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News from 2017 World Muscle Society: Part 1

 

Annie Kennedy and Kathi Kinnett from the PPMD team are attending the 22nd International Annual Congress of the World Muscle Society and will be reporting back over the next couple of days. More updates to follow!

 

Day 1: Wednesday

 

Wednesday was the first day of the WMS meeting, and featured a vast array of posters. Highlighted below are a few that the PPMD team thought were the most novel, interesting, and relevant, especially in the area of Duchenne care.

 

MRI
Upper Limb & Lower Limb
MRI is a huge topic this year, and includes posters around cardiac, upper limb and lower limb MRI, in both Becker and Duchenne. The Imaging DMD group evaluated upper limbs. Looking at 85 boys and 24 controls who were all around 12 years old, the group found that there was an increase in fat in the deltoid and biceps muscles, as compared with the triceps and forearms. The fat fraction of the arms increased with loss of ambulation and a higher “performance of upper limb” score. In addition, group (“Magnetic Resonance Biomarkers in the Proximal and Distal Upper Extremity in a Large Cohort of boys with Duchenne Muscular Dystrophy”) found that the fat fraction in the lower limbs of Becker patients correlated with clinical testing in Becker patients.

 

Cardiac

The Nationwide Children’s group evaluated the cMRI’s of Duchenne and Becker patients and found that there was significant late gadolinium enhancement (showing fibrosis in the cardiac muscle) by the time Duchenne patients reached late adolescents (“Adolescents with Duchenne and Becker Muscular Dystrophy: a Cardiac Magnetic Resonance Comparative Study”). One third of Becker patients had cardiac fibrosis by their late 30’s, with several showing fibrosis by late adolescence as well.  More than half of the both the Becker and Duchenne patients showed fibrosis while maintaining normal function.  The (“Qualitative Cardiac NMR Imaging in a Large Cohort of Patients with Becker Muscular Dystrophy”) group studied 88 Becker patients, ages 38.7 +/- 13.6 years, showed a low ejection fraction and correlation between low ejection fractions and the presence of fibrosis.   Conclusion: cardiac care for people living with Becker should be the same as those living with Duchenne.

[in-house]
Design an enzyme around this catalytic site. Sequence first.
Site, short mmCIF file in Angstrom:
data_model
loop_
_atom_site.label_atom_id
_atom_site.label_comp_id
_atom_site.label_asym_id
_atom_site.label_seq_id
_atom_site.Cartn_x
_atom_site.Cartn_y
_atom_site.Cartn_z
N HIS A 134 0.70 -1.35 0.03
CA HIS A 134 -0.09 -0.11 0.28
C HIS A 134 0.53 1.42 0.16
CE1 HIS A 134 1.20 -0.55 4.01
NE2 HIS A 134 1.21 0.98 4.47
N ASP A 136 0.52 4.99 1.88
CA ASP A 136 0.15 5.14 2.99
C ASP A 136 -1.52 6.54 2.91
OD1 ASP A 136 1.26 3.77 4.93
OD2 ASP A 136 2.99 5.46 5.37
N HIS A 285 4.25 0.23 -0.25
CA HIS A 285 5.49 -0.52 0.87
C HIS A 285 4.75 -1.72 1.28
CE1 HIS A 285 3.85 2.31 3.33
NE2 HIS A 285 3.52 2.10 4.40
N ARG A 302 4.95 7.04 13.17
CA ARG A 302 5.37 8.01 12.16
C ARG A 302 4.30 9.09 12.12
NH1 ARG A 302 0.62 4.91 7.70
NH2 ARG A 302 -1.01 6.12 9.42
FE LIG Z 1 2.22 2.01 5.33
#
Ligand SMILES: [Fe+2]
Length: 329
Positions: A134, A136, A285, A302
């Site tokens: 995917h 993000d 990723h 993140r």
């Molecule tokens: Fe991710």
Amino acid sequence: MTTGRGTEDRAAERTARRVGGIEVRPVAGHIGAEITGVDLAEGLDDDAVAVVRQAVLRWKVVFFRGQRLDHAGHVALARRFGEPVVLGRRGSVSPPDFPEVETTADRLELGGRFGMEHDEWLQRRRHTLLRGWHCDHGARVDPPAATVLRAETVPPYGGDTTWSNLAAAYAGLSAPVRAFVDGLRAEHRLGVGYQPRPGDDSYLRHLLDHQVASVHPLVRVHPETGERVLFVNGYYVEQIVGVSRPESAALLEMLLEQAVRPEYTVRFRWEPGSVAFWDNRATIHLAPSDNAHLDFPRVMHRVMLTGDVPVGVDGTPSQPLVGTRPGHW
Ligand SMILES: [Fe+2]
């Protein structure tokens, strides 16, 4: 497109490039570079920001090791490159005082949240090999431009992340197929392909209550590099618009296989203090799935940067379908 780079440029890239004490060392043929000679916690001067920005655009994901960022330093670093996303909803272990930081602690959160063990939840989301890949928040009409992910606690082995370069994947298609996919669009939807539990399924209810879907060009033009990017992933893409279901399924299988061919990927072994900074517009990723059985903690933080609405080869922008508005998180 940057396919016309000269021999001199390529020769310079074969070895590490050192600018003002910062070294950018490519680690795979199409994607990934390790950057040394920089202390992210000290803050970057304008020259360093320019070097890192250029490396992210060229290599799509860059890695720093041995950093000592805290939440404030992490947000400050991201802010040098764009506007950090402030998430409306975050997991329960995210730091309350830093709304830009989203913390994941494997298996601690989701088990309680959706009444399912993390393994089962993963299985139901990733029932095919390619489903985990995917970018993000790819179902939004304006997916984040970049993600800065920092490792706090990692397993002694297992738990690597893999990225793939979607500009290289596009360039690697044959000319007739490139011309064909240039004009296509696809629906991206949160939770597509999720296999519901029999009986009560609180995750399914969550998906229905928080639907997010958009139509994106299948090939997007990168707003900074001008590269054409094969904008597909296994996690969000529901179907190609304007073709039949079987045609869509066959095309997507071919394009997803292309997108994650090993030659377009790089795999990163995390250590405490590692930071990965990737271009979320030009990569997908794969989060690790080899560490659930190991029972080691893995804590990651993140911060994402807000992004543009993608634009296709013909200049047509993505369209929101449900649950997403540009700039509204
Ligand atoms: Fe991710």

Adult Care & Quality of Life

A few posters focused on adult care and quality of life.  Dr. Ros Quinlivan’s group in the UK evaluated the incidence of premature mortality (“Analysis of Mortality in a Cohort of Adult Duchenne Musculary Dystrophy”).  Her study included a cohort of patients over 5 years with 79% who had not used steroids, or used them briefly.  The factors that led to premature mortality in her population included continuation of regular (at least annual care) and maintenance of pulmonary surveillance/management.  Those patients with learning disabilities seemed to fare worse, possibly due to non-compliance with ventilator assistance. Natalie Goeman’s group from Belgium (“Has Outcome Changed for Adults with Duchenne Muscular Dystrophy?”) also recognized dialog between the pediatric and adult providers was important to continuation of care.

 

Research from Cincinnati Childrens Hospital Medical Center

Brenda Wong and the Cincinnati group presented a series of 3 papers.

  • Testosterone Therapy in Patients with Duchenne Muscular Dystrophy and Glucocorticoid Induced Delayed Puberty: Patients with pubertal delay, using testosterone initiated puberty in 45% of the patients. This initiation of puberty resulted in stabilized body composition, decrease of body fat and an increase in lean body mass. In addition, there was an increase seen in both spine and whole body bone mineral content.